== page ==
I have a special wall in my office. The wall houses paintings that TFC students have created for me. It’s a special place because it reminds me of the talent and kindness of our students.
When visitors come into my office they often look at various paintings on the wall and ask me who painted each one. I take time and tell visitors about the students and the story behind the paintings.
I also have another wall of family photographs. Again, visitors who stop by my office look at the photographs and someone usually finds one they especially like and inevitable ask me who took the photograph.
Throughout my travels I encounter folks who simply don’t believe in God. They are atheists. Over and over they tell me there is no evidence of a God. Now, how do paintings and photographs in my office relate to the belief of atheists? Let me tell you.
I have spoken and written about the issue of common sense before. The paintings, photographs, and no belief in God are all related to simple common sense. Those with no belief in God look at paintings and assume a painter. They look at photographs and assume a photographer. They look at creation and say there is no creator. They assume the world was created by chance. What? Why would you look at all of creation and not assume a creator? Here is where we find the common sense disconnect. We look at simple things (like paintings and photographs) and take a common sense approach. However, on issues of faith, some folks get so busy arguing scientific and theological positions that they become either unable or unwilling to see clearly what is obvious and right before their eyes.
A painter created the paintings on my wall. A photographer created the photographs on my wall. The God of the Bible created our world. To reach any other conclusion is hard to support. Where there is a creation there is a creator.
Don’t forget your common sense when you look at issues of faith and creation. The answer isn’t always complex.
Let me tell you an old story about a scorpion and a frog. The frog was getting ready to cross the river and the scorpion begged the frog to allow the scorpion to ride on the frog’s back as he crossed. Of course the frog wasn’t very cooperative. He was afraid the scorpion was going to sting him as they were crossing. The scorpion convinced the frog to take him along saying that if he stung him they would both die crossing the river so the frog didn’t need to worry about being stung.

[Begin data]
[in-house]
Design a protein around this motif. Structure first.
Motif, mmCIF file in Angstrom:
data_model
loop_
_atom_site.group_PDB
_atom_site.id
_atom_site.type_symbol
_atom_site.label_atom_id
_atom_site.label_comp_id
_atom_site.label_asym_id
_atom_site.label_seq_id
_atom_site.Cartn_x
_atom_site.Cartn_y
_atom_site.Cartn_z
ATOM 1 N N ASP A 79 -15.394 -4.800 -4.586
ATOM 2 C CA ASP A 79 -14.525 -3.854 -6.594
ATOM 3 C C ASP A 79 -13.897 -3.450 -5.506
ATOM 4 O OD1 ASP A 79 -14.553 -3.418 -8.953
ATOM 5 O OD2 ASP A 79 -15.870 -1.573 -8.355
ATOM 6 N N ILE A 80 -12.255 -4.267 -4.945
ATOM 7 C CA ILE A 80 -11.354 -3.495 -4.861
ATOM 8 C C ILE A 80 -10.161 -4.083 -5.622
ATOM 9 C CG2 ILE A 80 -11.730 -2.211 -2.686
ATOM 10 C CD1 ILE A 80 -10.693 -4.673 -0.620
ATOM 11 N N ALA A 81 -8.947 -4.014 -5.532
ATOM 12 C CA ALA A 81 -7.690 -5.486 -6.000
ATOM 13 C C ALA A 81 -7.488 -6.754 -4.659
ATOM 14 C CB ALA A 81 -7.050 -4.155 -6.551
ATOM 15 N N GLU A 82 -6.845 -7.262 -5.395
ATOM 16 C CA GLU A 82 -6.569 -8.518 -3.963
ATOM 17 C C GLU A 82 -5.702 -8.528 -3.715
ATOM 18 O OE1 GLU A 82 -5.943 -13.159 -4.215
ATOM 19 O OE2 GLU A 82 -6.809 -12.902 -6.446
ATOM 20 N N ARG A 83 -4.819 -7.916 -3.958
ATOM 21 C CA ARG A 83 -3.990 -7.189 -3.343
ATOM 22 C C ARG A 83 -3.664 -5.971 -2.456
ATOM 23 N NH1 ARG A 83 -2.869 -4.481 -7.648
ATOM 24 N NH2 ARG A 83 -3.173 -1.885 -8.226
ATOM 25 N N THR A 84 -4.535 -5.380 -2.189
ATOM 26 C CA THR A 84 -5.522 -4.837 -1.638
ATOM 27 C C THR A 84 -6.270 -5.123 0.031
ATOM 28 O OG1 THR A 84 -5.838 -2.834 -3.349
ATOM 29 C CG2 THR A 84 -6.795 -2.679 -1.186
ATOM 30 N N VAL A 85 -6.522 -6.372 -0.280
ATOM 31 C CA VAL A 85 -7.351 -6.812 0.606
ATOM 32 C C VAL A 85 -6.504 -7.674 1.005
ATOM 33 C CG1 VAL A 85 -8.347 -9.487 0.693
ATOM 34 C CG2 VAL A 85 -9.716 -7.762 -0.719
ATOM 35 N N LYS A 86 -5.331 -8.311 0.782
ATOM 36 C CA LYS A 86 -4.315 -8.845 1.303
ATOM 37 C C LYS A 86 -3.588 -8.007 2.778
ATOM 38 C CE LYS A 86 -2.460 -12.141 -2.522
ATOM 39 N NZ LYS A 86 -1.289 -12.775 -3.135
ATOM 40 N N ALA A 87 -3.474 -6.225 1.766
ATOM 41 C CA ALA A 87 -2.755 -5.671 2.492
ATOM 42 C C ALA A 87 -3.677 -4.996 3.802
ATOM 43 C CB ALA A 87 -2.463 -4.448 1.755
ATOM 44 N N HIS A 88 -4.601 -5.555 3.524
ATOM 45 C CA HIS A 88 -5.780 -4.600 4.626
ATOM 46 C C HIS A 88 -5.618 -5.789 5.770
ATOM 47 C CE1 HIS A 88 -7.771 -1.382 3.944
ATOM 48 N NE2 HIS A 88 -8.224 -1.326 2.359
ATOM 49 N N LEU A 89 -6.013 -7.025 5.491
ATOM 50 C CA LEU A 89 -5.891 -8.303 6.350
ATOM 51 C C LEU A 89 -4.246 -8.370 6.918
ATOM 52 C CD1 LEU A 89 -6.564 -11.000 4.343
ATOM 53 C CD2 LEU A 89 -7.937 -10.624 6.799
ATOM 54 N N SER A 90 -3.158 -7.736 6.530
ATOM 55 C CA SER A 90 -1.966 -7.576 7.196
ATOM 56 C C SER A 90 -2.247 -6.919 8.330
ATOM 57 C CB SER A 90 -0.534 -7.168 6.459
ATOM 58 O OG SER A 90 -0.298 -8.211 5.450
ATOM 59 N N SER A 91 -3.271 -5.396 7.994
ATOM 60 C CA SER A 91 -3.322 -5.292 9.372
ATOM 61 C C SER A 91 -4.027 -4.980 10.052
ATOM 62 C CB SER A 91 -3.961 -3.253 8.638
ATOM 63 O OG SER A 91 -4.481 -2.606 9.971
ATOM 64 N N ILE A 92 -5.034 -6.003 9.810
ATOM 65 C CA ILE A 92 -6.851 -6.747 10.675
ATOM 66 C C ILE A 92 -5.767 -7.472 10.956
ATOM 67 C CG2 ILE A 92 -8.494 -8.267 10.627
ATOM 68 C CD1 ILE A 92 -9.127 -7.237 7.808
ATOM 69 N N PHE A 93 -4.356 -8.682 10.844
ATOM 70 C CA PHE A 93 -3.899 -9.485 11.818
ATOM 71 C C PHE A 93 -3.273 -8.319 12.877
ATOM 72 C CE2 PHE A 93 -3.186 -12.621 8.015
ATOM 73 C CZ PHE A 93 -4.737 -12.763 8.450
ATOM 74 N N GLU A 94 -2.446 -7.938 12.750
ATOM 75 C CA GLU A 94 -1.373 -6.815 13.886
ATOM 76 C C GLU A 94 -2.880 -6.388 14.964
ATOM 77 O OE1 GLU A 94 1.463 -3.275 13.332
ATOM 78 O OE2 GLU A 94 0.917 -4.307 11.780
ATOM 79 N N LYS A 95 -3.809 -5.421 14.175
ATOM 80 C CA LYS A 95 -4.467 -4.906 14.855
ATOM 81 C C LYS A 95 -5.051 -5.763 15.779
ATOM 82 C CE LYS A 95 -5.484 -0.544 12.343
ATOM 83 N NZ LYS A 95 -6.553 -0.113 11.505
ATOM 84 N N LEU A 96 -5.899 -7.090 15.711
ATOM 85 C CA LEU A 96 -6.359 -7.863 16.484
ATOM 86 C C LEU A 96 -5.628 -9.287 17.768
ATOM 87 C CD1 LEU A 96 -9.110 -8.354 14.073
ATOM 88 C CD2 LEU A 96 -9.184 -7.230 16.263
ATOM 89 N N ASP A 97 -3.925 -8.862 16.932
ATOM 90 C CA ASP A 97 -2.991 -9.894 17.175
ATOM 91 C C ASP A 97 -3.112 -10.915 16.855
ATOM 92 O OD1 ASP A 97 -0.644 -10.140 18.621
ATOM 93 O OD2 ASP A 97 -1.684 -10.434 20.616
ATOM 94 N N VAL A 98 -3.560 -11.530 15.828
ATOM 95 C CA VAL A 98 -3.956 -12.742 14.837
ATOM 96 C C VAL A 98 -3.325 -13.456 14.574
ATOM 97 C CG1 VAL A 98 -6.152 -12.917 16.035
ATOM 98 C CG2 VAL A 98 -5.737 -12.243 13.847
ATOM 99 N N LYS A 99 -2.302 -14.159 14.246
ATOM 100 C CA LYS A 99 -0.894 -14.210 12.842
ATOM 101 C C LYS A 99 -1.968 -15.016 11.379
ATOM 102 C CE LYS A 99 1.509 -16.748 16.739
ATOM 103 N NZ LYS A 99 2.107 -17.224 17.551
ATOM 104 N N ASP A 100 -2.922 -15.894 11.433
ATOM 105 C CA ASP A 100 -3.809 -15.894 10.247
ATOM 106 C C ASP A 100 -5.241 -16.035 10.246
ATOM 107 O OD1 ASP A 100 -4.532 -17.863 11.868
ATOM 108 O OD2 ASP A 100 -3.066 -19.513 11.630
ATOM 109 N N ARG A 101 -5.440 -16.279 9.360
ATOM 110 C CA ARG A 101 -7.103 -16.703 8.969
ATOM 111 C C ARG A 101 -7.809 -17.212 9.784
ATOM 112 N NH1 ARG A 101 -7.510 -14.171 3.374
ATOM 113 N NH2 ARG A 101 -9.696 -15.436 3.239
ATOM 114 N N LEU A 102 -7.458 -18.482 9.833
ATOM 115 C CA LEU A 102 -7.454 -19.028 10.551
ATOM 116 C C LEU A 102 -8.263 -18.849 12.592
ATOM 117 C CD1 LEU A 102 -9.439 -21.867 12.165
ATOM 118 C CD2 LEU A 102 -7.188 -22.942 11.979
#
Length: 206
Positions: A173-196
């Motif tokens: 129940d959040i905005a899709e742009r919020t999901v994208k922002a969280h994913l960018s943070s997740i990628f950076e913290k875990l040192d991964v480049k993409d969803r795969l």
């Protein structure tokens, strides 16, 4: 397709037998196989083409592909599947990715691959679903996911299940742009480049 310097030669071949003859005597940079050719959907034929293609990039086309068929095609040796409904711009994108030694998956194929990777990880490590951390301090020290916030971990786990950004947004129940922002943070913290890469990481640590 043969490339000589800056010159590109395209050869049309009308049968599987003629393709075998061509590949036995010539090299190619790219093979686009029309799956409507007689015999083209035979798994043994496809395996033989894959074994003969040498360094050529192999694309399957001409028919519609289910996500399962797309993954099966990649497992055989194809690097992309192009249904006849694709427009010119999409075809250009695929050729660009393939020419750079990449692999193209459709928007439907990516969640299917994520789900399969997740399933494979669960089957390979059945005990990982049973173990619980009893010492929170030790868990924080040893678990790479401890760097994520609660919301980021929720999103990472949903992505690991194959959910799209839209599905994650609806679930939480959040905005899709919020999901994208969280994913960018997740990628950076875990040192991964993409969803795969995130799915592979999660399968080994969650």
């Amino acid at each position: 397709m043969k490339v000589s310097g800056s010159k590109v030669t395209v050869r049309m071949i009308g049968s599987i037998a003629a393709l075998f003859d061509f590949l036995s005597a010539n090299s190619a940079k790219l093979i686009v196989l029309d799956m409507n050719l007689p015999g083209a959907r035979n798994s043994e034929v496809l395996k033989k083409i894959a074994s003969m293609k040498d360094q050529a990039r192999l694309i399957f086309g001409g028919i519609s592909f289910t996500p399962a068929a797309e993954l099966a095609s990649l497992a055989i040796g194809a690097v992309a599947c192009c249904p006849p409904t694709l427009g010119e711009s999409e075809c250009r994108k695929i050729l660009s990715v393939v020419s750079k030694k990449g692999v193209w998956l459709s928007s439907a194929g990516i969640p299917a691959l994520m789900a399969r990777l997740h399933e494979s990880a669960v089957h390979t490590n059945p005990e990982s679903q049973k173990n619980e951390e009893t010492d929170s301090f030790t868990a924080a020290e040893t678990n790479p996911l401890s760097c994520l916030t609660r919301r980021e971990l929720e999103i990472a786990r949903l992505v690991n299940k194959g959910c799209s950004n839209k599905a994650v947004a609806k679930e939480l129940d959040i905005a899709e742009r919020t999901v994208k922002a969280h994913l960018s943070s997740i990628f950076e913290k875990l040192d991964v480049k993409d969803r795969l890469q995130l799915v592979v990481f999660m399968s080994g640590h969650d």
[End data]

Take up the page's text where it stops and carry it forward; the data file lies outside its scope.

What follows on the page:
Part way across the river the scorpion stung the frog. Just before both of them drowned, the frog asked the scorpion why he had stung him. What was the scorpion’s response? I just had to. It’s my nature. You see, stinging is what scorpions do. They can’t help it.
When I think of this story, I also think about our nature as followers of Christ. By definition, we should be modeling the behavior of Christ and following His teachings?
On my blog you can see a video of a young boy without any winter coat sitting on a bench in the cold. Some people walk by him and do nothing. Others stop and talk with him. Still others give him their own coats and keep him warm. What behavior would you model?
When people want to gossip and include you, as a follower of Christ, what is your natural response? When someone does something to hurt you, as a follower of Christ, what is your natural response? In other words, by your behaviors, how does anyone even know that you are a follower of Christ? What actions show that by following Christ your very nature has changed and that you are a new creation?
2 Corinthians 5:17 reminds us of this, Therefore, if anyone is in Christ, the new creation has come: The old has gone, the new is here!
So, may I encourage you not to be the scorpion that stings because that is his nature. Rather, be the new creation in Christ and model what it means to be a follower of Christ. Make the Godly characteristics taught in scripture your new nature.